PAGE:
I ordered the books right away.
On Reading – How what I learned will change my practice
We were tasked with community reading. “Choose a book,” Bird by Bird by Anne Lamott, Because Writing Matters from the National Writing Project or On Writing Well by William Zinsser. I ordered right away. I could not decide so I ordered them all. Thanks to Amazon Prime for quick action.
Summer had just begun and I was not super excited about heavy academic reading. I set a goal of one chapter a day and began with Bird by Bird. To my absolute delight, I was turning the pages and flying through. I had this crazy thought that “Hey, maybe I can be a writer too?” It made me think about all the stories I had to tell. It was real and funny and validating. I wanted my students to be excited about writing too. I wanted the teachers at my school to grab some of the thrill of this new possibility and it made me think about how I could integrate this into my writing committee meetings. Could a little Bird by Bird be shared? What came to me is the fact that although I knew about writing and valued writing, I did not really feel writing from a writer’s point of view, but Bird by Bird made me think about the possibilities.
Zinssers article “How to Write a Memoir,” showed me that it was important to get the story down. My mother has a fantastic memory for things from my childhood. Classmates from my 3rd grade class and what their parents did for work. Sometimes I look at her in disbelief that she has kept this information in her brain for this long. I find that my memories are flawed at best. I think that I remember the impactful parts, but even then, only from my perspective. Not really accurate. There are stories I would like to tell, but I am worried they might not be true. Zinsser says not to worry about those problems in advance. Worry only if you plan on publishing to a wider audience.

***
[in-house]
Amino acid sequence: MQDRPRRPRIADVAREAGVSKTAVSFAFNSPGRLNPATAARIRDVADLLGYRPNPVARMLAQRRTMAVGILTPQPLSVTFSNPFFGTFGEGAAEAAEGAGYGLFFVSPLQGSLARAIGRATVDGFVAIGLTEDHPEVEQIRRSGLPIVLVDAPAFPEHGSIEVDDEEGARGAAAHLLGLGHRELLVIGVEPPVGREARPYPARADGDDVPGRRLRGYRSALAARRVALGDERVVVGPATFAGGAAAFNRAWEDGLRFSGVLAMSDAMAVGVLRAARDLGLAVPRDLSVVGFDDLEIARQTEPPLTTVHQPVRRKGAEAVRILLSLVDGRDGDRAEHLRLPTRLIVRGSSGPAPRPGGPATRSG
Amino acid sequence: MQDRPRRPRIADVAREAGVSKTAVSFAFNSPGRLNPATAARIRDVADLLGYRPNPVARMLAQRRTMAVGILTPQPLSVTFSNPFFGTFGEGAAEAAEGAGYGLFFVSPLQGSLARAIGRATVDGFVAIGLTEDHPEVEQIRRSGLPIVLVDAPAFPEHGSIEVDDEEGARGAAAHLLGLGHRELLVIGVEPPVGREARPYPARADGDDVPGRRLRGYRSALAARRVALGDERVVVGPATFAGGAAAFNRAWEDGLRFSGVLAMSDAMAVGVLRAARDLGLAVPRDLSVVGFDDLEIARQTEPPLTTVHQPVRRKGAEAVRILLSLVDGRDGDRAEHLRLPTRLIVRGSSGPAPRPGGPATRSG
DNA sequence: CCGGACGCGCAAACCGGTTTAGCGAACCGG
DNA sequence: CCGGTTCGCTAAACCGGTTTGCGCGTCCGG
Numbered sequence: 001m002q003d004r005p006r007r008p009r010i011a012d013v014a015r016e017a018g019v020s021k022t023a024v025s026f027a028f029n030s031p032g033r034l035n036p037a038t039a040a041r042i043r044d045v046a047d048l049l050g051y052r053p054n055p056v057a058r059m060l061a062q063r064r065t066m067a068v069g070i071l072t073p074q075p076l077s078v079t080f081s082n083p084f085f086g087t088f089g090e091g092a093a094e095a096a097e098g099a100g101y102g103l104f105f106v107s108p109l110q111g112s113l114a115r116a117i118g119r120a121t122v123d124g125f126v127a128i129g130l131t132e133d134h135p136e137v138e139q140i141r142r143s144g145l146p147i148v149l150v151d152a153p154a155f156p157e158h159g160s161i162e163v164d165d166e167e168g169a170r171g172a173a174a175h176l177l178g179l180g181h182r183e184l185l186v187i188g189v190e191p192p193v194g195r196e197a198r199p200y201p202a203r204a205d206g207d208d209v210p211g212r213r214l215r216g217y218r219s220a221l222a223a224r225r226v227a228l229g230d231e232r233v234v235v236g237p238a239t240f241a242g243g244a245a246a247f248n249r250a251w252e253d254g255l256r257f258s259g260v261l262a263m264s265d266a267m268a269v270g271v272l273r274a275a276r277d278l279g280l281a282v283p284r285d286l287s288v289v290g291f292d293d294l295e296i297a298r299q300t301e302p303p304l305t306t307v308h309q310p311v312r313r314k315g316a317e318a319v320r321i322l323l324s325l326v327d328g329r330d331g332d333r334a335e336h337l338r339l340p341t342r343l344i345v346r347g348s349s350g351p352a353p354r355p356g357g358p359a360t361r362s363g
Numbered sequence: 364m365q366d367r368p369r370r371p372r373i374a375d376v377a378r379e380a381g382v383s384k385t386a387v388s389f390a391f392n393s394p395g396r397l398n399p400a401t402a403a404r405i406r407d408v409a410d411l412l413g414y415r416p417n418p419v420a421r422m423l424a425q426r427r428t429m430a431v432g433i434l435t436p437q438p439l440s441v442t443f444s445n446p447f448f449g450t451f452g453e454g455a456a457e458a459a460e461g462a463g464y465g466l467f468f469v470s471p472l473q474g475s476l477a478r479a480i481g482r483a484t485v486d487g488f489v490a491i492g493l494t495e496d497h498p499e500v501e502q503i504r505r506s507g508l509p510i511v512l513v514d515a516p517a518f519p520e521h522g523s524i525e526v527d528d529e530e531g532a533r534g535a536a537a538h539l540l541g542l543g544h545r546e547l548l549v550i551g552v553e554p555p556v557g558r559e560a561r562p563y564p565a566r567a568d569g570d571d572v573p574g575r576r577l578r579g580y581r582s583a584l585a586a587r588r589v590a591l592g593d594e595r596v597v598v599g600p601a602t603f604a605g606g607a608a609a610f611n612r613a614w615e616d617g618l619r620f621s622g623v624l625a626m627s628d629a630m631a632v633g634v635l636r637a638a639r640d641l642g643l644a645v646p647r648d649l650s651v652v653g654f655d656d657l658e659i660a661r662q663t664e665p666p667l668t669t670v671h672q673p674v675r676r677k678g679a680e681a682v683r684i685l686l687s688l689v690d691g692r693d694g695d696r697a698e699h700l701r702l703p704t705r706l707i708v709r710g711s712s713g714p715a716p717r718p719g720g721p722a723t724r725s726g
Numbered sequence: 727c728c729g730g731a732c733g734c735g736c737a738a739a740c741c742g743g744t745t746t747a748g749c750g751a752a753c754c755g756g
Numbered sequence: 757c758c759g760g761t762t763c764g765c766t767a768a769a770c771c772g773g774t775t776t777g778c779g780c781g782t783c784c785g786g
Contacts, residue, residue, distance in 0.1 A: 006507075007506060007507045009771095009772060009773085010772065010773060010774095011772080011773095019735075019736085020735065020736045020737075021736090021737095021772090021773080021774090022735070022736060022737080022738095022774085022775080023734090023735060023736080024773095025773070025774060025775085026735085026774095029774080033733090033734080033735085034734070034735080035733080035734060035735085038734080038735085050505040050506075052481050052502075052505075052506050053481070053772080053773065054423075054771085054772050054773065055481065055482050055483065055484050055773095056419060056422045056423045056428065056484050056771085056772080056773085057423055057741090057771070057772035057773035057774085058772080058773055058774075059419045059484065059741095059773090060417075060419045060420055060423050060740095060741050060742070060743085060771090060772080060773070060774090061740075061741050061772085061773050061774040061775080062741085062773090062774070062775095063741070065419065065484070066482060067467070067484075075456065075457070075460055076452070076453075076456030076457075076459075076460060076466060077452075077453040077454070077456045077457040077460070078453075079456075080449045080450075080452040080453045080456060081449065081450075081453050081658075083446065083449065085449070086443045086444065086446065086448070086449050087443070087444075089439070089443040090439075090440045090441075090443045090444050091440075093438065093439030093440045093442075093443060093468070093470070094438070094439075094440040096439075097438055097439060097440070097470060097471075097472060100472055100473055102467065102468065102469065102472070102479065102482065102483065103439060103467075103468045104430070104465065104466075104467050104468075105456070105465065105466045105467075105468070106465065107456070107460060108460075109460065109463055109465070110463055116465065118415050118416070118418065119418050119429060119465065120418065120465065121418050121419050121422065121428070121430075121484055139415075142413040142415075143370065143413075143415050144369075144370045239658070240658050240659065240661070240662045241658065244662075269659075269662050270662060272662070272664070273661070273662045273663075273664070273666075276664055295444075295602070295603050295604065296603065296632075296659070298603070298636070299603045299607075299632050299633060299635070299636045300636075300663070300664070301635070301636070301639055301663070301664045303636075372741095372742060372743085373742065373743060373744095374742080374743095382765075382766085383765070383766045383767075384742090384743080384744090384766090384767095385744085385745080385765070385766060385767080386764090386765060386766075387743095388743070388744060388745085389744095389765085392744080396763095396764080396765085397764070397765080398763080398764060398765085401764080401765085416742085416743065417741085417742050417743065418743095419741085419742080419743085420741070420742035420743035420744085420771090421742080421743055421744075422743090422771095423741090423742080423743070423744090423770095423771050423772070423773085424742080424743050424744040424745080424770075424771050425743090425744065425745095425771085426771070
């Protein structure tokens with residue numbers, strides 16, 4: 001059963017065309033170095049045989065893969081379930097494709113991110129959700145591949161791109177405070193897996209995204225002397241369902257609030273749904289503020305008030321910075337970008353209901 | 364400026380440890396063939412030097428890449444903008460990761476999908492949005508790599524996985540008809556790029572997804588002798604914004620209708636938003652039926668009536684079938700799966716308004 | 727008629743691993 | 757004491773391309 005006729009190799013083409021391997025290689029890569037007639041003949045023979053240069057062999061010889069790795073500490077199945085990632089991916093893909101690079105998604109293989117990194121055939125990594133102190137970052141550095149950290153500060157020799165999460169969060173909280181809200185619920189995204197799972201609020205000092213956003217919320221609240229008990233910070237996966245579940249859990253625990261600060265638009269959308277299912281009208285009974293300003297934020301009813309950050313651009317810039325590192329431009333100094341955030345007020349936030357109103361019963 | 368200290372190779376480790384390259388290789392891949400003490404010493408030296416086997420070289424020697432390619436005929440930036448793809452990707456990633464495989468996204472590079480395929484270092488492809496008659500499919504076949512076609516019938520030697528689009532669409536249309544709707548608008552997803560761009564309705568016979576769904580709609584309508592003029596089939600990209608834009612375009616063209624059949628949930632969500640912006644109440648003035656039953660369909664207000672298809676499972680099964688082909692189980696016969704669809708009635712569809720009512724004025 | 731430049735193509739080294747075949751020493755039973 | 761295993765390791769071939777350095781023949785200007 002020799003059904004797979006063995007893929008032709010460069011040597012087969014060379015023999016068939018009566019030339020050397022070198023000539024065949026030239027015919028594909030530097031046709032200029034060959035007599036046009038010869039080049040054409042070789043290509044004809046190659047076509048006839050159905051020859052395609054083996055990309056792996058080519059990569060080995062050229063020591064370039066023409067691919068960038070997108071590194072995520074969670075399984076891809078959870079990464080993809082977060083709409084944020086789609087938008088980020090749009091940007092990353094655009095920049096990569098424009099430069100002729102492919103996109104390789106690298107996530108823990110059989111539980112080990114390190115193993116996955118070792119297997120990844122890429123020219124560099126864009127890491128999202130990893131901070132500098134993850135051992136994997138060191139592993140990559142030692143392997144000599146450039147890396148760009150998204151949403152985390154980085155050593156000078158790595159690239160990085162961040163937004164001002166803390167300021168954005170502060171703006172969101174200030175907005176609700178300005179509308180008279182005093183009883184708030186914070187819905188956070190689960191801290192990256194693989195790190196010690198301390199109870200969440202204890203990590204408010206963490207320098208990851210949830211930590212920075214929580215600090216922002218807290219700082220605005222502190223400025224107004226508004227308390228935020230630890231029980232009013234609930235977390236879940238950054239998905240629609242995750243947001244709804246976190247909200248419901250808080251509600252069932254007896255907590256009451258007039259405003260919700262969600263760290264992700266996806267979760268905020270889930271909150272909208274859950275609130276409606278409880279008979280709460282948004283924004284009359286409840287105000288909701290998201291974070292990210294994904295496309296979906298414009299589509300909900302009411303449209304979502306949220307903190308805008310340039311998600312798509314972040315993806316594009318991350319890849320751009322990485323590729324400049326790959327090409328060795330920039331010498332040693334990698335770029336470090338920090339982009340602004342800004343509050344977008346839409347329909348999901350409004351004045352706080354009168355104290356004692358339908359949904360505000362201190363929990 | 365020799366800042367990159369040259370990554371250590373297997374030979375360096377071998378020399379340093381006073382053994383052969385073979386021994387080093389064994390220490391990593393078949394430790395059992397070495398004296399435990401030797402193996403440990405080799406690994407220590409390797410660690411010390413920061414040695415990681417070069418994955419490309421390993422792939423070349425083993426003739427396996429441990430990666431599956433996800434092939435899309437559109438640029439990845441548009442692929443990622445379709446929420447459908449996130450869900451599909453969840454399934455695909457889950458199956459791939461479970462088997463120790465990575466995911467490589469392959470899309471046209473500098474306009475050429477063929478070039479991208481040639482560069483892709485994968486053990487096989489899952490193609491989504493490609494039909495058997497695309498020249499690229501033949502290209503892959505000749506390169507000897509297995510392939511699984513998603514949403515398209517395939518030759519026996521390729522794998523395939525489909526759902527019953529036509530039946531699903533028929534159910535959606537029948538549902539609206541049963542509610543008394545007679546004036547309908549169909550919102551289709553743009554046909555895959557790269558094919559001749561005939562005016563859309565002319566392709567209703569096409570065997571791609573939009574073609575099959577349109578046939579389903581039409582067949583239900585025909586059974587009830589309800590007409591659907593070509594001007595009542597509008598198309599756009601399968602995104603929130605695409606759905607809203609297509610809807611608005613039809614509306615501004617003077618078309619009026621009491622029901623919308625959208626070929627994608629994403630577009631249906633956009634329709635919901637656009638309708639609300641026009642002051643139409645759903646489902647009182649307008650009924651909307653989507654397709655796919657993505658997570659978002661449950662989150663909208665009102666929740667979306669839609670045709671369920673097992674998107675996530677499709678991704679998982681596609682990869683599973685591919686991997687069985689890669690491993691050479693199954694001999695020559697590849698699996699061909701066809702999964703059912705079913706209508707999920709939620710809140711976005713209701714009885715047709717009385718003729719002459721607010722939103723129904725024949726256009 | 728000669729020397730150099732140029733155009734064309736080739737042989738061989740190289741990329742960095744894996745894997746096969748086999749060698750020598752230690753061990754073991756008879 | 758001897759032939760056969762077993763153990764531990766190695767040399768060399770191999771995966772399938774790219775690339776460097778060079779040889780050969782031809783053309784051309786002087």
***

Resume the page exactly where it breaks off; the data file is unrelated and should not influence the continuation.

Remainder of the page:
Memory is a funny thing. With my students, I find that many have not really thought about what happens to them or their experiences. When I ask for them to record them, they have gaps. I wonder about just getting it on paper and not worrying about the gaps. Is filling them in as a fiction writer acceptable? Just come to it as honestly as you can is my final understanding.
“Small moments” is one of the jumping off places for writing our personal narratives and it is what Zinsser supports too. He says “look for small contained incidents” that you still remember because of a universal truth. This universal truth is what fuels my writing and trying to get students to find their universal truth will give their writing purpose. These are the discoveries that surprised me in my readings.
The encouragement to read based on what sparked us was also a great surprise. I had a great conversation with Kari which led me to Katie Wood Ray. So many of these foundational authors I had read excerpts of, but did not see how it all tied together. The permission to do only a chapter or 2 and maybe an article allowed me to read more deeply into what I would focus on in my class. I chose chapters on structure, independent writings and managing distractions in the writing workshop. My practices were validated, but I was reminded that the teacher led DIRECT approach is really a very low structure- the students are not responsible for their own actions and decisions. The higher structure comes with training and teaching the students to manage themselves within the range of activities provided in a writing workshop. This remains a goal and a great challenge. I know the suggestions I read in her book Writing Workshop will allow me to be more intentional.
Overall the readings that we completed during the course were varied and provided guidance for not only my own understanding of being a writer, but of teaching writing. The interaction with all of the readings and my discussions with my reading group made me come to the conclusion that I have a lot to learn. In my future, I will keep these texts and these authors close to help keep me on track. I loved that sometimes the whole text was not needed to shift and refocus thinking.